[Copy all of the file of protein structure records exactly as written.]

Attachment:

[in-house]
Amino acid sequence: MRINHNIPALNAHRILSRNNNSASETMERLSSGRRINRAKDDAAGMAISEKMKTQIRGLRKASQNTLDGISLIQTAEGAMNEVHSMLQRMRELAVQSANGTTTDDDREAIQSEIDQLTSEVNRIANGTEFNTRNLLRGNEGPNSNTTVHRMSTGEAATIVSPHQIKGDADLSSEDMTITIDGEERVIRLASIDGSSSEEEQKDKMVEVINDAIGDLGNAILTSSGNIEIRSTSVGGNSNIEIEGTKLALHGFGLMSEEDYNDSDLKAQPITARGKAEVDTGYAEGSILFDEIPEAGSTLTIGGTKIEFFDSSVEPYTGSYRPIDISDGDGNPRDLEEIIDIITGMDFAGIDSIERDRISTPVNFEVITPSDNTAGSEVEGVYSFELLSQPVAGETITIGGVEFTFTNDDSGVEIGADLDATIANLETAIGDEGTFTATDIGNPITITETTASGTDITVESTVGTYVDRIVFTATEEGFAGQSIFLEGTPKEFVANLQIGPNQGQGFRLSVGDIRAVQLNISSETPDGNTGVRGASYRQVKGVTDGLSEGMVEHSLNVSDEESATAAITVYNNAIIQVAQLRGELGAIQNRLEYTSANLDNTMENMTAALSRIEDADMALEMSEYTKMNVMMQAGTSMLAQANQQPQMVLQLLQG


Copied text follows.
[in-house]
Amino acid sequence: MRINHNIPALNAHRILSRNNNSASETMERLSSGRRINRAKDDAAGMAISEKMKTQIRGLRKASQNTLDGISLIQTAEGAMNEVHSMLQRMRELAVQSANGTTTDDDREAIQSEIDQLTSEVNRIANGTEFNTRNLLRGNEGPNSNTTVHRMSTGEAATIVSPHQIKGDADLSSEDMTITIDGEERVIRLASIDGSSSEEEQKDKMVEVINDAIGDLGNAILTSSGNIEIRSTSVGGNSNIEIEGTKLALHGFGLMSEEDYNDSDLKAQPITARGKAEVDTGYAEGSILFDEIPEAGSTLTIGGTKIEFFDSSVEPYTGSYRPIDISDGDGNPRDLEEIIDIITGMDFAGIDSIERDRISTPVNFEVITPSDNTAGSEVEGVYSFELLSQPVAGETITIGGVEFTFTNDDSGVEIGADLDATIANLETAIGDEGTFTATDIGNPITITETTASGTDITVESTVGTYVDRIVFTATEEGFAGQSIFLEGTPKEFVANLQIGPNQGQGFRLSVGDIRAVQLNISSETPDGNTGVRGASYRQVKGVTDGLSEGMVEHSLNVSDEESATAAITVYNNAIIQVAQLRGELGAIQNRLEYTSANLDNTMENMTAALSRIEDADMALEMSEYTKMNVMMQAGTSMLAQANQQPQMVLQLLQG